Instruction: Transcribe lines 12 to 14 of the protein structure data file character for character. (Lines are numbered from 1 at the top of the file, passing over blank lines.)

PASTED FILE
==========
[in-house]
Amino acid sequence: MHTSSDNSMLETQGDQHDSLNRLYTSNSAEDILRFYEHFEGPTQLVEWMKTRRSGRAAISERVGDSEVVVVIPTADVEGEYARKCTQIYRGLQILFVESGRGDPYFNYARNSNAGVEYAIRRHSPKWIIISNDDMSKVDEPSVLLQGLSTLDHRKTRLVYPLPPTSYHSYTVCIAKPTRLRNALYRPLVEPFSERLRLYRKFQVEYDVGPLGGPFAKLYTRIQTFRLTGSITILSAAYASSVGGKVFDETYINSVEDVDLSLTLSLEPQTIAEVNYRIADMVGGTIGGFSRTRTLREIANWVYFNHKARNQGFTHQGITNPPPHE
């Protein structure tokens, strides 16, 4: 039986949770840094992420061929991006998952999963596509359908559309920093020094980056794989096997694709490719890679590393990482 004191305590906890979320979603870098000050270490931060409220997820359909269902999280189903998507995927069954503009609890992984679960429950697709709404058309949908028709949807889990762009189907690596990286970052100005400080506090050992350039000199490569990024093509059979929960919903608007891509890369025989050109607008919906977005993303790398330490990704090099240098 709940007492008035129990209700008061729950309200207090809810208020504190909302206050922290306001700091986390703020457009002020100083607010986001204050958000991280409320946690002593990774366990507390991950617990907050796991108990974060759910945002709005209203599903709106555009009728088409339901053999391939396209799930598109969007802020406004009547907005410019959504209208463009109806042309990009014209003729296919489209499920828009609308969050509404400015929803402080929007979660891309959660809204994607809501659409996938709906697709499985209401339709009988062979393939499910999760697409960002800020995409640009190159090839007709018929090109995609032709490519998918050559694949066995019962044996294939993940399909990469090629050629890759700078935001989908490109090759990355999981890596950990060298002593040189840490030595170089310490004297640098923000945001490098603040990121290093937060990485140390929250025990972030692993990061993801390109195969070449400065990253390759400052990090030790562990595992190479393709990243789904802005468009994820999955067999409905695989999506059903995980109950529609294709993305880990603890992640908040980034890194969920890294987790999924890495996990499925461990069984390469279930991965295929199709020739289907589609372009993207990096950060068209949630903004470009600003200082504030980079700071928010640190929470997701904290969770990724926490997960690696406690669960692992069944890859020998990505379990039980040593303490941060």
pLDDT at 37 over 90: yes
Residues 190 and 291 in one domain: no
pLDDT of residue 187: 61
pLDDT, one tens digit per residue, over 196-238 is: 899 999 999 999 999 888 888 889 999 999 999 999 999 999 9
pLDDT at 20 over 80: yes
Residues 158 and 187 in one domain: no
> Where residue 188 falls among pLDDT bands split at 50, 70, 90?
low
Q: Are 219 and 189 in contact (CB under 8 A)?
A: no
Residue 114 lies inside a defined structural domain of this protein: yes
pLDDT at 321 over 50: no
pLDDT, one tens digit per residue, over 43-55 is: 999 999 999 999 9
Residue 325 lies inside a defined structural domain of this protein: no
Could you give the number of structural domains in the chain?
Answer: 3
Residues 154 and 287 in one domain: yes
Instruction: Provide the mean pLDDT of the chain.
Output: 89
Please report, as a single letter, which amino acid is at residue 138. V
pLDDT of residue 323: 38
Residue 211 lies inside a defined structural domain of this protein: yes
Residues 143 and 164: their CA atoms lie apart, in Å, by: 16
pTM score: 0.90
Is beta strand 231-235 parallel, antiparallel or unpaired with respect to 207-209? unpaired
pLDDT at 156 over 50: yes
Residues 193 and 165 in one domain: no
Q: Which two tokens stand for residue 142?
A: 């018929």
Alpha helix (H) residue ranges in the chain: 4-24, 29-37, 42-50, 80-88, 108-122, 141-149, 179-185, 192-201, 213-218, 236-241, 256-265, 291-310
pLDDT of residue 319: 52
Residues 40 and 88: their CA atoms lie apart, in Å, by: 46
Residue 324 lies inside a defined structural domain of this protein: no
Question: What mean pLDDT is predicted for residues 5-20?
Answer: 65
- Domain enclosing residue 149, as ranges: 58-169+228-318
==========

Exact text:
Q: Are 219 and 189 in contact (CB under 8 A)?
A: no
Residue 114 lies inside a defined structural domain of this protein: yes